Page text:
Archive for the ‘Tax migration’ Category

Tax Migration: Which states are losing income? Which are gaining?

January 30, 2018

A friend alerted me to a very cool web site called How Money Walks

Stated simply, the IRS captures data from income tax returns – tracks year-to-year changes in the filer’s address (intra or inter-state) – aggregates the data by county (and state) – and calculates the net movement on AGI in and out.

Below is the overall, U.S. map – red indicates a net income outflow; green indicates a net income inflow.

click to go to the How Money Walks interactive map

No surprise, Florida is the big winner with a cumulative annual AGI inflow of $156 billion.

New York is the big loser with a a cumulative annual AGI outflow of $99 billion

Drilling down is where things get interesting.

For example ….

Florida’s increase net inflow has been on a steady rise.

Most of the “new” money is from high tax & spend states: New York, New Jersey and Illinois.



On the flipside, New has had a steady net income outflow to low-tax Florida and North Carolina … and its sisters in the Tri-State area – New Jersey and Connecticut.



If you want to get more granular, How Money Moves lets you drill down to the county levels to track movements.


To have some fun slicing and dicing,  go to the How Money Walks website and just point & click.

WARNING: Playing with this data can get addicting.


Thanks to GFB for feeding the lead.



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California braces for outbound migration of fat cats…

January 23, 2018

Loss of SALT deduction may be the straw that breaks the camel’s back.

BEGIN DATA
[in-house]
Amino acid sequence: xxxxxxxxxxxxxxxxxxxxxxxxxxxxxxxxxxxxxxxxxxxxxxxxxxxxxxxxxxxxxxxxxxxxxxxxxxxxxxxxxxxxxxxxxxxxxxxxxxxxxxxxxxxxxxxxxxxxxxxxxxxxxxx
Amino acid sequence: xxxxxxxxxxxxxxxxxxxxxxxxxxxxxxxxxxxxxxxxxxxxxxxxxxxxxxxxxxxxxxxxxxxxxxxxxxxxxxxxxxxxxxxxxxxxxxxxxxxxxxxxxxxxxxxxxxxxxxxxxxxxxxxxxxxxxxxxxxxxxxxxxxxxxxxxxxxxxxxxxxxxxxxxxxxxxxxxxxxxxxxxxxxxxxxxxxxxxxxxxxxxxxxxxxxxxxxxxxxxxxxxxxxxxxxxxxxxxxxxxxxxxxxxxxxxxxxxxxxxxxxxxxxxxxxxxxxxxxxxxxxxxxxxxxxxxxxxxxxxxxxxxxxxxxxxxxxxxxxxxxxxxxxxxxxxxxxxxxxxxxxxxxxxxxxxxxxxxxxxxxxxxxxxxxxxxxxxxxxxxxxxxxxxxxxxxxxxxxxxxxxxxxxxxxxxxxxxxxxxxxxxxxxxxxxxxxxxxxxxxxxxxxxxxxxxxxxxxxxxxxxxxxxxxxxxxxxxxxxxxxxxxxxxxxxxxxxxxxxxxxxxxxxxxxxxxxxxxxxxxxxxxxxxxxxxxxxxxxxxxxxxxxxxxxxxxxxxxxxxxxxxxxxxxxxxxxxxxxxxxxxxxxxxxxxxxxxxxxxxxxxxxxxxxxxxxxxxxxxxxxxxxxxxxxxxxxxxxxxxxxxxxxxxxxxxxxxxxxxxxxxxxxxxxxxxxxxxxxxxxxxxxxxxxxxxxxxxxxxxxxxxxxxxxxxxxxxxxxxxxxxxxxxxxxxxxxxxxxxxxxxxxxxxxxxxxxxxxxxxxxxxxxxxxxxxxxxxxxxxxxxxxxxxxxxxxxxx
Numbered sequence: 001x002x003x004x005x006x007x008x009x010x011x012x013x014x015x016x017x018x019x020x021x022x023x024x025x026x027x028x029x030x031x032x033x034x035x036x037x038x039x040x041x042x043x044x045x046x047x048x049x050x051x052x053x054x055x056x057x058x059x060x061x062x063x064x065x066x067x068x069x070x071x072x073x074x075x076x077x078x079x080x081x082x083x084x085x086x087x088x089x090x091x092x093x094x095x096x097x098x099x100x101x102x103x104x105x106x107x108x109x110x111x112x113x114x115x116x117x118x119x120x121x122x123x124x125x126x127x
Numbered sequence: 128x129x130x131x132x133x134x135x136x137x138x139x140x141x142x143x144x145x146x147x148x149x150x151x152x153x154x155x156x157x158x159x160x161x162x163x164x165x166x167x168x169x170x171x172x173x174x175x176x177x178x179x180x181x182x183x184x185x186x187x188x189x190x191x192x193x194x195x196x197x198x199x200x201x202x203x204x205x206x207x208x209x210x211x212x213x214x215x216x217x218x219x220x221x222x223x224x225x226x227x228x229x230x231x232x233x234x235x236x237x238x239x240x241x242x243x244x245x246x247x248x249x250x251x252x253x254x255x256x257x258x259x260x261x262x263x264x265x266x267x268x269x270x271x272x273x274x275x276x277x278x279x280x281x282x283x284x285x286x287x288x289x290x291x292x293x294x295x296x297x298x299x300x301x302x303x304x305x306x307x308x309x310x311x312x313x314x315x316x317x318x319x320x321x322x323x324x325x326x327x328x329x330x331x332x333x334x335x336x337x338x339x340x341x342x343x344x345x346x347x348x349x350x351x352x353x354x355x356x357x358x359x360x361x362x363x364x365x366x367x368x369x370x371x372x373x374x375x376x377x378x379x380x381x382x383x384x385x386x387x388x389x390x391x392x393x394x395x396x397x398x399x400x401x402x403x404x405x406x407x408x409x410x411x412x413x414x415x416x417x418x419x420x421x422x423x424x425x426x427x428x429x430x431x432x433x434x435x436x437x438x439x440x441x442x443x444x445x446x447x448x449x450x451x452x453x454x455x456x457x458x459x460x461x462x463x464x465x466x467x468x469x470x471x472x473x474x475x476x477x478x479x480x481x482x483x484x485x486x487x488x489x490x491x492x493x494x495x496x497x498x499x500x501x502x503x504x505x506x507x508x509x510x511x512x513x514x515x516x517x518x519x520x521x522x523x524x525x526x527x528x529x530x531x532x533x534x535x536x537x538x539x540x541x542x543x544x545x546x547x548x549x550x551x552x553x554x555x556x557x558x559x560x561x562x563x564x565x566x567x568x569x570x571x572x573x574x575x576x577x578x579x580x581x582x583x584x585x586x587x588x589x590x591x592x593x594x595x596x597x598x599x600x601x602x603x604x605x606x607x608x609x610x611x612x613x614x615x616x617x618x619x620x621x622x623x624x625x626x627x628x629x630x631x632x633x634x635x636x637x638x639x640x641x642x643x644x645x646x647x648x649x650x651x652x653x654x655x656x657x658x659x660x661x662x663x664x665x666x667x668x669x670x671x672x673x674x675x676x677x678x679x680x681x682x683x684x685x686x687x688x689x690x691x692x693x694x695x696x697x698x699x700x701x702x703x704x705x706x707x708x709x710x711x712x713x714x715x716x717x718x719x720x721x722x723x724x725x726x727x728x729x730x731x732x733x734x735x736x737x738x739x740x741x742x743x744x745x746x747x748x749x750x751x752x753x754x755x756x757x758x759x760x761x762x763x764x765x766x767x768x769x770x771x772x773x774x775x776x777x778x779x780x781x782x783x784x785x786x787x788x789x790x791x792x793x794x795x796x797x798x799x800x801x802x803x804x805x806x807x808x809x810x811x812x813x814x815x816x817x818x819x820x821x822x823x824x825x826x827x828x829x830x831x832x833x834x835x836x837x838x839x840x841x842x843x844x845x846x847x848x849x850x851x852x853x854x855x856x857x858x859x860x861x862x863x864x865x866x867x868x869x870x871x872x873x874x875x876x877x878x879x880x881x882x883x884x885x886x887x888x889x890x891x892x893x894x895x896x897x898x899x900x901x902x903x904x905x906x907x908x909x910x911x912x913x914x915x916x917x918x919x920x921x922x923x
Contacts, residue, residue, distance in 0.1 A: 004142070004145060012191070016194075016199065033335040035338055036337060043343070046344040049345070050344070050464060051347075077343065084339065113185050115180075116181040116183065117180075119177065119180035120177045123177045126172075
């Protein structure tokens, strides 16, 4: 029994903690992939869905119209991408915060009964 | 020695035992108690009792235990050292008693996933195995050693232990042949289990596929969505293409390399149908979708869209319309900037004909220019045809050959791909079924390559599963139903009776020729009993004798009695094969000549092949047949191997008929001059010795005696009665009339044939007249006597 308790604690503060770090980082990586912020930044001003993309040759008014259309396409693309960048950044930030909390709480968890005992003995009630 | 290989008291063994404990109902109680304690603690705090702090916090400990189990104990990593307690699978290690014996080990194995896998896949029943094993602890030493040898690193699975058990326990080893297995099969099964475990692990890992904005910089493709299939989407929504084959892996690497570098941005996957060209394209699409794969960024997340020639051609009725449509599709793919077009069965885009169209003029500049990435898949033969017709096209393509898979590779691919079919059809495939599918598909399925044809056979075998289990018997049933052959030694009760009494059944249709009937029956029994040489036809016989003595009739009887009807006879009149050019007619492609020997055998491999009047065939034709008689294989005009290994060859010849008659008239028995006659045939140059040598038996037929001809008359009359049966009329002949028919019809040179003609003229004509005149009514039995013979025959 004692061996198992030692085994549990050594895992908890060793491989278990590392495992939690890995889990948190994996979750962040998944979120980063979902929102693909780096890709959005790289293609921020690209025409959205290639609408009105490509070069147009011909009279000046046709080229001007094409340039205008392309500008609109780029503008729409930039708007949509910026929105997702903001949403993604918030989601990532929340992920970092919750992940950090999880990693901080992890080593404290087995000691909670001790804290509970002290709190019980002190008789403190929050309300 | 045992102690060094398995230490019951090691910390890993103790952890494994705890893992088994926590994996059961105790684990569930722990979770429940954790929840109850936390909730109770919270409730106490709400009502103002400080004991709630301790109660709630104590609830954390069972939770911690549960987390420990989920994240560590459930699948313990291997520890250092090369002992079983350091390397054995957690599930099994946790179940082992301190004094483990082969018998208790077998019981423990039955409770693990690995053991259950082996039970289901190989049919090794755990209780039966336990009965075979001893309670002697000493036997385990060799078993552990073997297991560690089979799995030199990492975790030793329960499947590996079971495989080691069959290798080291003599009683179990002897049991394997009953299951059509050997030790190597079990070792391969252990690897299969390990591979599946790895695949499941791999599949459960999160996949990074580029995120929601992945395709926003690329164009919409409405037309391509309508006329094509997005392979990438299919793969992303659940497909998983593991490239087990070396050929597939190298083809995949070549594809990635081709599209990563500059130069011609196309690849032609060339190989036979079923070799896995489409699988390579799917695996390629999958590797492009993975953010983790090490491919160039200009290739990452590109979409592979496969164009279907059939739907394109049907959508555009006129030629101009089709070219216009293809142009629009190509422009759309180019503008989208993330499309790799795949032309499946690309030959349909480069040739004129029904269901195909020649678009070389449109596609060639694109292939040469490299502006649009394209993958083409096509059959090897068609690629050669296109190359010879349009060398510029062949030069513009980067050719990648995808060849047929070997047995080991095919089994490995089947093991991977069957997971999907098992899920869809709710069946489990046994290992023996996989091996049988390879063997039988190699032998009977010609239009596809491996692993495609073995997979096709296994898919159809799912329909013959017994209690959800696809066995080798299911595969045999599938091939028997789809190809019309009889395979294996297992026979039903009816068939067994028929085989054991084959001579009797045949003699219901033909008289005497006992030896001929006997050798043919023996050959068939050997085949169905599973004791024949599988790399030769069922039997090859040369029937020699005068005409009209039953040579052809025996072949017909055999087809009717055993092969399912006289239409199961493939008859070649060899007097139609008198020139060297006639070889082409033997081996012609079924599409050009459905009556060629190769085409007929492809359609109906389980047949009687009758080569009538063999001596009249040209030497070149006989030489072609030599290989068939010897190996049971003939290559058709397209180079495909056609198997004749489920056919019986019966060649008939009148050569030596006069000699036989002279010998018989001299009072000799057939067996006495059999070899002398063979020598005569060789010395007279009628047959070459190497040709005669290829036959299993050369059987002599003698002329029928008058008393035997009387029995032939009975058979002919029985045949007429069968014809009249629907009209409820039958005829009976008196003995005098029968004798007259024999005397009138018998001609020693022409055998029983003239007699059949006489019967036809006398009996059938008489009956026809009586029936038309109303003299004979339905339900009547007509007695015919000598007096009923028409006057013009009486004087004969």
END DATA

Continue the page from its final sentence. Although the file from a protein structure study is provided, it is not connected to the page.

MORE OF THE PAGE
Last week, we reported some moving data from United Van Lines that indicated “moving deficits” in high tax & spend states: Illinois, New York, New Jersey, Connecticut, Massachusetts.

See Northeast states continue to experience a “moving deficit”…

We expressed surprise that California was rated as “neutral” not “outbound”.

Well, according to the Sacramento Bee, it’s just a matter of time.


Even Gov. Jerry Brown has observed: ““People with higher incomes will pay a lot taxes (when SALT taxes deductions are cut), and some of them may be tempted to leave.”

That’s a problem because “The state’s wealthiest 1% pay 48 percent of its income tax, and the departure of just a few families could lead to a noticeable hit to state general fund revenue.”

In the past, California passed tax increases with impunity, assuming that “elites are embedded in the regions (like California) where they achieve success, and they have limited interest in moving to procure tax advantages.”

Now, that’s not a certainty, and the state is considering some very creative (and, somewhat laughable) ways to offset the likely drop in individual tax receipts ….